A portable and low-cost optical coherence tomography, or OCT, scanner has been developed by biomedical engineers at Duke University. The tool has great potential to bring vision-saving technology to underserved areas, both across the United States and abroad.
The innovative scanner is 15 times smaller and lighter than present-day commercially available systems and this can be attributed to a remolded, 3D-printed spectrometer. It is fabricated from parts that cost less than one-tenth the retail price of systems available in the market and yet does not affect the imaging quality.
The novel OCT scanner, in its initial clinical trial, generated images of 120 retinas that were 95% as sharp as those captured by existing commercially available systems. Such vivid sharpness was enough for precise clinical diagnosis.
The study results have been published online in Translational Vision Science & Technology, an ARVO journal, on June 28th, 2019.
OCT imaging has been in use since the 1990s, and over these years, it has become the standard of care for diagnosing a number of retinal diseases such as diabetic retinopathy and macular degeneration, and also for glaucoma. Conversely, OCT is seldom included as part of a standard screening exam because these machines are exorbitantly priced, costing over $100,000—implying that most often they are available in only larger eye centers.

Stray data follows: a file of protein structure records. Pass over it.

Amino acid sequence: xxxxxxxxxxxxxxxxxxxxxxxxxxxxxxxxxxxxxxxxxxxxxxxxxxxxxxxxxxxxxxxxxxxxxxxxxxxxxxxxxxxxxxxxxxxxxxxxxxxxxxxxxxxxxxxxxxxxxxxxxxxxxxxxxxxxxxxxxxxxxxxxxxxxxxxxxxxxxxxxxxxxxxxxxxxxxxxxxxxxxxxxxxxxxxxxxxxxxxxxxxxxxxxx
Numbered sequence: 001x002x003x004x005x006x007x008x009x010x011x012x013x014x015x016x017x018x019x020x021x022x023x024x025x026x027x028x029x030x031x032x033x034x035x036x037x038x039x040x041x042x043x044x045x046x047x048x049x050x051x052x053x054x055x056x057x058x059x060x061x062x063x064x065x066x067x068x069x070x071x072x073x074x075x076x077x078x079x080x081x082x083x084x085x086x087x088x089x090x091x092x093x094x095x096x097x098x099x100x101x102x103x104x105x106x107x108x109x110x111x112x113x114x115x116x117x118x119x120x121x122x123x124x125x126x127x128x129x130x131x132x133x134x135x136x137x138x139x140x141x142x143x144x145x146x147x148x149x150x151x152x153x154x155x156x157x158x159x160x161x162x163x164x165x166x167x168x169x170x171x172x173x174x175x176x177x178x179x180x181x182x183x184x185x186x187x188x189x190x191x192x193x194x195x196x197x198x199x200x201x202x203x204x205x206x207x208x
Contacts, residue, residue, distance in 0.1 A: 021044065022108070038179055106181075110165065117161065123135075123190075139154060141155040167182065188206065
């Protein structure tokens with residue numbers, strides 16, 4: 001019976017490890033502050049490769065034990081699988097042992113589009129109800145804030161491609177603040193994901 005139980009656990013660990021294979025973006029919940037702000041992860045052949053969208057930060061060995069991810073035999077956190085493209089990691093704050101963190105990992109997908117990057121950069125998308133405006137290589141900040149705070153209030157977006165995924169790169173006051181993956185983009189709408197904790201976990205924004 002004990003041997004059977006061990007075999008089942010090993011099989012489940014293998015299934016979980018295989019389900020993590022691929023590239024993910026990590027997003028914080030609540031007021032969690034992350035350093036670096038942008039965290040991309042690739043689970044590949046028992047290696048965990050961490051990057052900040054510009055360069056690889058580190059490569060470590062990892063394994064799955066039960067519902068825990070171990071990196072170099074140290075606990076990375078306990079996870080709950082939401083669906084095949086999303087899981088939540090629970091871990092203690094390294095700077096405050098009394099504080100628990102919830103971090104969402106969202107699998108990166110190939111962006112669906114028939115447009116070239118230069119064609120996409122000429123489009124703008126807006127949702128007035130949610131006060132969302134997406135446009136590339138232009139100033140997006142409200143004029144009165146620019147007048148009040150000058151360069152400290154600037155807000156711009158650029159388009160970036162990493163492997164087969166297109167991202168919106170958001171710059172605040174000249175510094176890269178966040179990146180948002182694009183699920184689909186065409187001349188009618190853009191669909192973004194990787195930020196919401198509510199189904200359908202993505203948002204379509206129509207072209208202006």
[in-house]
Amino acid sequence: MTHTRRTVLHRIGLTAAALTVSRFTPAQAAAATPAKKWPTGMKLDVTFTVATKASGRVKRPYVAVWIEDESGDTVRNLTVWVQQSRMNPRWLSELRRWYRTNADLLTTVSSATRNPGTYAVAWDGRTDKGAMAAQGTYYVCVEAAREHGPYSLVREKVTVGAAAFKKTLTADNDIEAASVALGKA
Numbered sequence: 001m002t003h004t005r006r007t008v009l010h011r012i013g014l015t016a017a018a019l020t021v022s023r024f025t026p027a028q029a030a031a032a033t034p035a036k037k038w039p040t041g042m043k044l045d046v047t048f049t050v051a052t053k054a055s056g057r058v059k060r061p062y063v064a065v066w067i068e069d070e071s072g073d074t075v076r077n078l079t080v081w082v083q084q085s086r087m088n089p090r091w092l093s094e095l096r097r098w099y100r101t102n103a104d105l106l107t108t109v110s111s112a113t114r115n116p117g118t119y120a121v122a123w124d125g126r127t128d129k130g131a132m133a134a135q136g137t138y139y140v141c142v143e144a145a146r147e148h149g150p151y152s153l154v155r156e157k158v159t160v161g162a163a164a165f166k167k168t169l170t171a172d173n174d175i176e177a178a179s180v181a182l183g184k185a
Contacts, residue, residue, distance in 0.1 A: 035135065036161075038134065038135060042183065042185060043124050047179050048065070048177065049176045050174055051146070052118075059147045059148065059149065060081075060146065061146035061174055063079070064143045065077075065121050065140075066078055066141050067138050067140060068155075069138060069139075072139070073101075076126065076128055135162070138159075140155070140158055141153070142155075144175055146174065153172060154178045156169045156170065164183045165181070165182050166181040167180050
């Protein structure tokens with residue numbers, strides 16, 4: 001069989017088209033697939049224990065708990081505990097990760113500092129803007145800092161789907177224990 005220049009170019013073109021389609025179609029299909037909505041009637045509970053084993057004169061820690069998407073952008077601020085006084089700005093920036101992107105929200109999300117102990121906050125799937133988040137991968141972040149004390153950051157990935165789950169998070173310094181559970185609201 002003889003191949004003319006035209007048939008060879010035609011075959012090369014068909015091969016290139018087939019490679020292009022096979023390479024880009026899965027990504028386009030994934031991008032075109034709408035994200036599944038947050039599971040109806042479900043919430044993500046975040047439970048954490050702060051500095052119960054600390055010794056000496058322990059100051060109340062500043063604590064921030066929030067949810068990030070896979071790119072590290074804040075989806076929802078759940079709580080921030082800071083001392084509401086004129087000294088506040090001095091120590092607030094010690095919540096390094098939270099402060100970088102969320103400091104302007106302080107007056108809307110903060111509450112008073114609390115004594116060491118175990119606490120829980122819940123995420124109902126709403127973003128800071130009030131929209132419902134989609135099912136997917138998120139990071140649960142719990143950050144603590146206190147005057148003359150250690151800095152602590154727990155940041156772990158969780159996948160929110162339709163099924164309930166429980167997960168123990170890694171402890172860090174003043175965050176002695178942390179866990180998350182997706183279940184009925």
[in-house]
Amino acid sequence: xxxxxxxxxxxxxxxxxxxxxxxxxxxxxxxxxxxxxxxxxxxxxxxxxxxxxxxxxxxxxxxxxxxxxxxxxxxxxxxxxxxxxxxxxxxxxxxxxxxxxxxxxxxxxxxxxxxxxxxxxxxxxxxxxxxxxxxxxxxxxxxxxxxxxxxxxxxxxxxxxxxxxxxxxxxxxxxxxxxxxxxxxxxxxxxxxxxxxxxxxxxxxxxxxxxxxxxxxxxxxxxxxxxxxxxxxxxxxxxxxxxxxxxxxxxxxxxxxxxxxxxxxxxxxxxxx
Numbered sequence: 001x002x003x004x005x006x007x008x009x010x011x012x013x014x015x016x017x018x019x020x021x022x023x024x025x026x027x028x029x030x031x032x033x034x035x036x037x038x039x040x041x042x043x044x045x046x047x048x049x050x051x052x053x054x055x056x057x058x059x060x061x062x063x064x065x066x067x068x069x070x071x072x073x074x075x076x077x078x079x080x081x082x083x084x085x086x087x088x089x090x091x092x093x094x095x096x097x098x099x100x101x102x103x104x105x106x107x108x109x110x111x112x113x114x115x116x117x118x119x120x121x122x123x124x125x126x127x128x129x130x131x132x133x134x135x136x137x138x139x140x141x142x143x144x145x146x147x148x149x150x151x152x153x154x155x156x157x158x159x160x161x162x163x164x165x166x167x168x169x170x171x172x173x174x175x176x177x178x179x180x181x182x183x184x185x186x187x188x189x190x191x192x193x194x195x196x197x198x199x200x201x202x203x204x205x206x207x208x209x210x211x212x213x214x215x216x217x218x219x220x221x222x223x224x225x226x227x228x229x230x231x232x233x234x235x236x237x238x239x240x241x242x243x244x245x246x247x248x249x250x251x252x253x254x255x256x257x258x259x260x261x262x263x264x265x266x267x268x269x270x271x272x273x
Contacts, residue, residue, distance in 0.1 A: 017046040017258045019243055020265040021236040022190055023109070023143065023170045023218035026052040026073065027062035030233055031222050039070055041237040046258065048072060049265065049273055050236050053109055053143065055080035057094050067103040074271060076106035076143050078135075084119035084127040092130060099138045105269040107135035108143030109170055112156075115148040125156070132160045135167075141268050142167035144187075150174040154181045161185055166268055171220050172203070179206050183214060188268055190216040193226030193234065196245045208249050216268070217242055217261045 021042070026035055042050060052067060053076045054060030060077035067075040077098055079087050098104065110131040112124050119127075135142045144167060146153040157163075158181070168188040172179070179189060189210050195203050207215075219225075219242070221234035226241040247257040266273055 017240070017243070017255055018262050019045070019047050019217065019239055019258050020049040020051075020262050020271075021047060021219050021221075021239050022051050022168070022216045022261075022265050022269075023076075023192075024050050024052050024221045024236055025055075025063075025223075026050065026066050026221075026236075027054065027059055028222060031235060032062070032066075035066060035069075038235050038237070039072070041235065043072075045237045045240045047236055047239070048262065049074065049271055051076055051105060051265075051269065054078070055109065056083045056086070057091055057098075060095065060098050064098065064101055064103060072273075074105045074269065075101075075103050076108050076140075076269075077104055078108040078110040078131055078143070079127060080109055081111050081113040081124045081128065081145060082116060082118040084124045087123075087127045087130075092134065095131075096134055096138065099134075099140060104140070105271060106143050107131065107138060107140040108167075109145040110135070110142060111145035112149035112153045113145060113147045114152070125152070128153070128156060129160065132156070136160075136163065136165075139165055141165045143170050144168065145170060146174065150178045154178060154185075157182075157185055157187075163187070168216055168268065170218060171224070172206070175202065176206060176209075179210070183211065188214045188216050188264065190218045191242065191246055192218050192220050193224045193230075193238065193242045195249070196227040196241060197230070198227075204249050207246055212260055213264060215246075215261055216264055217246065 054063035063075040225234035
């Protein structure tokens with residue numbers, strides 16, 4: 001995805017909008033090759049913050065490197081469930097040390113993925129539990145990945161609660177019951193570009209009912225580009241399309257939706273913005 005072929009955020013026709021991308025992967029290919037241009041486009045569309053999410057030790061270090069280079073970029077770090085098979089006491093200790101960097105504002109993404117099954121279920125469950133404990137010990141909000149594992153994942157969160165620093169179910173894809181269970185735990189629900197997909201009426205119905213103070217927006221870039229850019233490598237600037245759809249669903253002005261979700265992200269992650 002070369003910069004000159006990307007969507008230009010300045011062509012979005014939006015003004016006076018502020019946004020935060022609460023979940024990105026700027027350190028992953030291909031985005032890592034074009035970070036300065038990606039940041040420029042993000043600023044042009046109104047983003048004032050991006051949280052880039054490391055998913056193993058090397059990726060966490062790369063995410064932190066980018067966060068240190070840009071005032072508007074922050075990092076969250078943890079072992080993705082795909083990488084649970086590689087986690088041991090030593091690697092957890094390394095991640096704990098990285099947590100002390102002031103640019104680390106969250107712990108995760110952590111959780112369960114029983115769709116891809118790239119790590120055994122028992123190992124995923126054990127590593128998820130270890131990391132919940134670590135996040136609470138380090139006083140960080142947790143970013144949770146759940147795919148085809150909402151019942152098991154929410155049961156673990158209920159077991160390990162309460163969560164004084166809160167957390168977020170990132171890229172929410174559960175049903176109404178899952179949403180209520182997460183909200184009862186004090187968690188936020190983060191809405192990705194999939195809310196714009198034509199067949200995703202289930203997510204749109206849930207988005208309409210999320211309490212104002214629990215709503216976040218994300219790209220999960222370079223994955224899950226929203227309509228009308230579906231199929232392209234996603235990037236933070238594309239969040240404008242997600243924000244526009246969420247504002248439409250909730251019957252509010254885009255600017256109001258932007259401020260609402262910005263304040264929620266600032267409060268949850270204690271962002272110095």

Once you have lost vision, it’s very difficult to get it back, so the key to preventing blindness is early detection. Our goal is to make OCT drastically less expensive so more clinics can afford the devices, especially in global health settings.
Adam Wax, Professor, Biomedical Engineering, Duke University
The optical analog of ultrasound OCT functions by relaying sound waves inside tissues and determining the duration taken by them to come back. However, since light is relatively faster than sound, it is not easy to measure time. In order to time the light waves reflecting back from the tissue being scanned, OCT devices employ a spectrometer to establish how much their phase has moved as opposed to identical light waves, which although have not interacted with tissue, have traveled the same amount of distance.